Apologies if my response seemed to infer something I did not intend it to.
I was referring to the strategic direction which provides high level goals
for the movement as a whole developed by people from across the movement.
Measureable contributions in working towards those goals, comes down to
On Fri, 20 Dec 2019 at 19:24, Joseph Seddon wrote:
> ... but the
> movement has set itself some pretty significant goals for the next 10
Could you provide a link to where the movement, presumably not the
report published in February 2018 that was written by the
"Foundation’s staff and
I know the history of our content and I know the slip ups that have been
made along the way but the team take this seriously. Our internal review
processes have significantly improved over the years and for this
fundraiser it's definitely been our most rigorous yet and I think it's
proven to be
Your dad is right, in some regards. More than 85% of our revenue comes from
the general public. It's how we've survived and has supported our growth
over the last decade.
We have conducted surveys, focus groups and user testing over the years to
get better insights into our
I've sent in multiple emails about this issue already, the last one about a
week ago. I was given a response within a few hours; a boilerplate
explaining why one might be seeing banners after they had donated, and
explaining my options on how to hide them.
I had not donated, and I did not mention
Samuel Klein wrote:
>[Some banners are so delightful that they are a welcome improvement to a
>page without; and I've occasionally thought we should run some of those,
>w/ low probability, continuously year-round.]
Which banners are delightful? The ones I've seen this year take up two
Yeah, I've been getting this feedback each year for at least the past years
too. I am pretty sure that most of the people who were alarmed and told me,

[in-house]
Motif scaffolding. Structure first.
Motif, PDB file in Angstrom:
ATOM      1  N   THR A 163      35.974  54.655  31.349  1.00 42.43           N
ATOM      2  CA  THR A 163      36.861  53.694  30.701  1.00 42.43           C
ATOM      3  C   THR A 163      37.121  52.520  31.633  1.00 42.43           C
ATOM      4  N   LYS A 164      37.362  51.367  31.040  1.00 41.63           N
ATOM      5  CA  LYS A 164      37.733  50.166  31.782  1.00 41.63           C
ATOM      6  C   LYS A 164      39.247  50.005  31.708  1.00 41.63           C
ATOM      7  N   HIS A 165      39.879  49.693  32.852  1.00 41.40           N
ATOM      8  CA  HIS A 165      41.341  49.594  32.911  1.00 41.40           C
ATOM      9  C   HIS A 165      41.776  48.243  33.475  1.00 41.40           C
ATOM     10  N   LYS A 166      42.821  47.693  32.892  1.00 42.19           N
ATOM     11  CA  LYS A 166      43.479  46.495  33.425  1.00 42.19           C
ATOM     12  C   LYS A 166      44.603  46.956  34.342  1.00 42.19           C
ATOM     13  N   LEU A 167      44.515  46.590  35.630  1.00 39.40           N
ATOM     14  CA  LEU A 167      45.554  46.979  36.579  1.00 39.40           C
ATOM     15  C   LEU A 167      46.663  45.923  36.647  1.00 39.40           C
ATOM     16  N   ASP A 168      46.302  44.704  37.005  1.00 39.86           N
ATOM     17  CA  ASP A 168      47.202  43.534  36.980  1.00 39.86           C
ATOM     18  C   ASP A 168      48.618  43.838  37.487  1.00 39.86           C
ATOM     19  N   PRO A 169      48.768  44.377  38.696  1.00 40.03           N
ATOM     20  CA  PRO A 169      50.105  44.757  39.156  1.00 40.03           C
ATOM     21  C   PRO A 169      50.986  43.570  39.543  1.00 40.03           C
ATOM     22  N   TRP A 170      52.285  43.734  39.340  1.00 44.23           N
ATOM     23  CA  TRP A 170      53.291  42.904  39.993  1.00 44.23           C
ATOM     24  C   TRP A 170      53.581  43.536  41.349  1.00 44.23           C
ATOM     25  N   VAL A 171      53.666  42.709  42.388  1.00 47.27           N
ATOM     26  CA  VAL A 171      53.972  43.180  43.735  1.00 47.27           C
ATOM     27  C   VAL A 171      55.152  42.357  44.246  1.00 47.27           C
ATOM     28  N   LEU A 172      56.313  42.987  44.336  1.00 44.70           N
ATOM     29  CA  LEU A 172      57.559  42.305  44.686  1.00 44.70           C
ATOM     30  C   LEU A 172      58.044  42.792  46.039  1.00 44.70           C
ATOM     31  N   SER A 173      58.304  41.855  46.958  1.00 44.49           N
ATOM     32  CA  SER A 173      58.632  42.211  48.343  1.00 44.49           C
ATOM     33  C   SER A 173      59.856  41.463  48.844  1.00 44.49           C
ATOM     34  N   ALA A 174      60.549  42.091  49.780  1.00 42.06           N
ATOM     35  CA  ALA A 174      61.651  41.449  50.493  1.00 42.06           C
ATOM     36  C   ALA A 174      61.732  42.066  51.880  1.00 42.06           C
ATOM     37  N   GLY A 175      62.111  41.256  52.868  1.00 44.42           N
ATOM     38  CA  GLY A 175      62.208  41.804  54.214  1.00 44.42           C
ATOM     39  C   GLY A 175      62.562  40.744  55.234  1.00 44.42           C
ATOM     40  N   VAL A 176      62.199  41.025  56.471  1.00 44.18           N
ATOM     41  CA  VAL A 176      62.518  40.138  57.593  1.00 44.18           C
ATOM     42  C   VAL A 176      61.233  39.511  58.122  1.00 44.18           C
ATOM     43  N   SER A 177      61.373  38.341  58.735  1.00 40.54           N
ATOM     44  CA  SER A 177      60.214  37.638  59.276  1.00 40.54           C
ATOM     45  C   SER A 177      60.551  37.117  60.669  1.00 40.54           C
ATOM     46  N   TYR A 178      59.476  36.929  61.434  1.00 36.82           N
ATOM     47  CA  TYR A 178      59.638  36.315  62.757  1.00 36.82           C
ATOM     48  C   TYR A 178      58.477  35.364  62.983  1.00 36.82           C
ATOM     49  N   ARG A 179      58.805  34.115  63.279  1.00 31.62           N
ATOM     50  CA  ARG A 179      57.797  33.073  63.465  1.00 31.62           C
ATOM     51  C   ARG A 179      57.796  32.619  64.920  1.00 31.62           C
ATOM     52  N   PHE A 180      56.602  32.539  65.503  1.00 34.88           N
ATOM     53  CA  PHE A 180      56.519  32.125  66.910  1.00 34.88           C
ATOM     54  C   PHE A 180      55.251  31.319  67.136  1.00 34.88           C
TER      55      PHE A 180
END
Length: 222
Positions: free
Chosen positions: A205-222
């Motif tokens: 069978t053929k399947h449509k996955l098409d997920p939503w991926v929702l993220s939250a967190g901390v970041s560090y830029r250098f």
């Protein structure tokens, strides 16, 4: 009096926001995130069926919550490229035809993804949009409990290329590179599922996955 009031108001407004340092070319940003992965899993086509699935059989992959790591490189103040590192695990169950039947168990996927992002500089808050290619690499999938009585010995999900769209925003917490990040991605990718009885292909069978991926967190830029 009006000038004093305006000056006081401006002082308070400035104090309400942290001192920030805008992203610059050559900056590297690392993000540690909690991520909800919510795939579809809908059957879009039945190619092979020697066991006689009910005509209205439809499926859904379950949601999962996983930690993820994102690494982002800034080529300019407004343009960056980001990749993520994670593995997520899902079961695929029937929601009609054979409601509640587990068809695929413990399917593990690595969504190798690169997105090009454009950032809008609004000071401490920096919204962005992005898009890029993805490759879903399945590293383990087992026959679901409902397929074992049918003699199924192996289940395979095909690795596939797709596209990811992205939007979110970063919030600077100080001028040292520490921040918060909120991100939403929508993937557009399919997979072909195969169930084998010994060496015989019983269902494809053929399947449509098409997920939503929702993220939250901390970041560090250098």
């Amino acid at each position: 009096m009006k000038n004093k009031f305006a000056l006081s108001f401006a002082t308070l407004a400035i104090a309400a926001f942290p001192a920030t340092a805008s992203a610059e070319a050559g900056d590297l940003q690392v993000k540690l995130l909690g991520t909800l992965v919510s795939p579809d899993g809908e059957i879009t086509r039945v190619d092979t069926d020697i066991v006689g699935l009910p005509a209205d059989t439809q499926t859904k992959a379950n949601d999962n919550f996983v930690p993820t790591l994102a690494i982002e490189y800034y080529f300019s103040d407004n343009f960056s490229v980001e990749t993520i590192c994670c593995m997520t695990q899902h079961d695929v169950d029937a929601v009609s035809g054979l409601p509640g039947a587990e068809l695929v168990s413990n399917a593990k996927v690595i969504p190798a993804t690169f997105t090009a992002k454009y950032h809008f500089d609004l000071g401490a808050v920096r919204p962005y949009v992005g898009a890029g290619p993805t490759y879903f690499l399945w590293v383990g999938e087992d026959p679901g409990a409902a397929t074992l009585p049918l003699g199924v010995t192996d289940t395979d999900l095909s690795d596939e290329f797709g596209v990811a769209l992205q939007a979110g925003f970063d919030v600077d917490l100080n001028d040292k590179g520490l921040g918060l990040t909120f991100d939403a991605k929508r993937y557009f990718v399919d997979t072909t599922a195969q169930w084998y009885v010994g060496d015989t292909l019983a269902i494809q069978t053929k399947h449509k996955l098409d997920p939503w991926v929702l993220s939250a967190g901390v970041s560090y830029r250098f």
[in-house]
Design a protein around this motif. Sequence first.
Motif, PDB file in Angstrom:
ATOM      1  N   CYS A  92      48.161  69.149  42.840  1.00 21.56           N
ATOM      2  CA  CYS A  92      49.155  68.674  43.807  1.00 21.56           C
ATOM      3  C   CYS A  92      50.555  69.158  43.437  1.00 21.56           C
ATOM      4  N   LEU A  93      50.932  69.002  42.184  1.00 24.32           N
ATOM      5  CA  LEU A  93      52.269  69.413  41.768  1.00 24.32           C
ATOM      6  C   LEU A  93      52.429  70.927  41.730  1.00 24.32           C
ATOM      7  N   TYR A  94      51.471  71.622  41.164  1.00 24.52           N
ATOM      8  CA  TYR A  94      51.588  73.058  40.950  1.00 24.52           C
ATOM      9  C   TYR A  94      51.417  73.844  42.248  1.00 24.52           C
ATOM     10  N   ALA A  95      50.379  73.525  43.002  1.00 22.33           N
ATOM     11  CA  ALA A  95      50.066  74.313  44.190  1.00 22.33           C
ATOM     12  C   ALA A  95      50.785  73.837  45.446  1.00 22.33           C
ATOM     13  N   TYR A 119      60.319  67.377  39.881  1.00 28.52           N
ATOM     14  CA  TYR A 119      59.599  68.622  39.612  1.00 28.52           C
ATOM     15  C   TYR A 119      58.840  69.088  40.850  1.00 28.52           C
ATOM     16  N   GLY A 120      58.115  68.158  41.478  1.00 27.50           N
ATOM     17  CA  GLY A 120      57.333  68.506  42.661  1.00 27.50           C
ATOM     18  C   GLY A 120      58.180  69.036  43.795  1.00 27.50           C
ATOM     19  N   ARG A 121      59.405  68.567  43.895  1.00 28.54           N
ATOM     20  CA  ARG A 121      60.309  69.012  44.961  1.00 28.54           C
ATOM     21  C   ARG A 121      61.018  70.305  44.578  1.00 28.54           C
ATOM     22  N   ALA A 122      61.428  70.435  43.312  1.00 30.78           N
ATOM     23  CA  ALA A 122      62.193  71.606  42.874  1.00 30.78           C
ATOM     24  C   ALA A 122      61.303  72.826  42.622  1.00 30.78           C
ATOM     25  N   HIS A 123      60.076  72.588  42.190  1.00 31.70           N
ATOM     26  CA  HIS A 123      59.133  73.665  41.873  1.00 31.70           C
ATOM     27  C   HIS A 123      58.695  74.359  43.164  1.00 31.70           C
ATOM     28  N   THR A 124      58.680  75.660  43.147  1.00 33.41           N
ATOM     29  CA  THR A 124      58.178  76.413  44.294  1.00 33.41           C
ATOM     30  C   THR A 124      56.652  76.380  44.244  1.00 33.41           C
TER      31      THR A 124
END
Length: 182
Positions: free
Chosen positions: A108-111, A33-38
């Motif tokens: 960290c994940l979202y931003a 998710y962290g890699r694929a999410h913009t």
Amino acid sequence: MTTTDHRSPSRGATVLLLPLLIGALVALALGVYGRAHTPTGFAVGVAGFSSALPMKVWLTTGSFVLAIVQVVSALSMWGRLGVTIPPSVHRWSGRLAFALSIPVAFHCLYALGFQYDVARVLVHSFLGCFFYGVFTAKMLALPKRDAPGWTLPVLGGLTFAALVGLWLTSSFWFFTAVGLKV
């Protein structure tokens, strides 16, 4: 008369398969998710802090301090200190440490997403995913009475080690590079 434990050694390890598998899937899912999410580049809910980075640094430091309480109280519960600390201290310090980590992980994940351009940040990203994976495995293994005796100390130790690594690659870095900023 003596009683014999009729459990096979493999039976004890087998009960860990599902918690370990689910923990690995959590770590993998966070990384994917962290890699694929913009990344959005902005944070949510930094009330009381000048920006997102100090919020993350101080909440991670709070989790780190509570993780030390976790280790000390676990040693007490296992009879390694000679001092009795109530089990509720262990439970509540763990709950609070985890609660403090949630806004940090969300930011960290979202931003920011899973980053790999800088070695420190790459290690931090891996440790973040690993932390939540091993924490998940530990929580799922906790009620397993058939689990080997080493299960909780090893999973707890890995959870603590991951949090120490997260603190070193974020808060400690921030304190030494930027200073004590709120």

did not thoroughly read the message, but mostly picked up on cues. It may
be that I have more of such people in my circle of acquaintances than
I think the current messages are quite good and clear, the ones I've seen
get better each year.
I don't find the messaging alarmist or misleading. But perhaps subtle cues
can change how they are perceived.
[I also don't usually get this feedback from people outside our community
(last: in 2012),
This discussion comes back every year. Every year we get the same
reassurance that it's being looked into, that we'll try to do better, that
things have been tested, etc.
The reality of the matter is that the alarmist and misleading stuff
*works*. And that it's most probably not going anywhere.
I've heard this asked this by 3-4 people recently
* A family member (checking in to make sure things were ok)
* A local grantmaker (who likewise has supported WP at least once before)
* A couple undergrads (on phones, asking eachother what to do if WP went
down during finals)
All worried either
Sadly I had a similar experience only this weekend.
We were enjoying a going away lunch with friends who are out of the
country over Christmas, when one of them asked about Wikipedia's
problems, knowing that I often volunteer time to it. He claimed that
the site was spamming screen-sized pop-up
Just wanted to acknowledge your email and let you know I'll respond in full
as soon as possible.
On Wed, Dec 18, 2019 at 8:27 PM Benjamin Ikuta
> My dad recently said to me:
> "I was solitated by them after looking something up. I thought it
I also felt like how Benjamin's dad did.. If one is viewing using the
mobile app, the red banners fill the entire screen and one has to scroll
down to get to the content. I think the fund solicitation ads need to be
much less loud than it's now..
Background: I have been an active Wiki
My dad recently said to me:
"I was solitated by them after looking something up. I thought it strange the
way they were pleading for donations. They made it sound like they might be
shutting down if we the general public didn't donate."
Has there been any research into how common it is for
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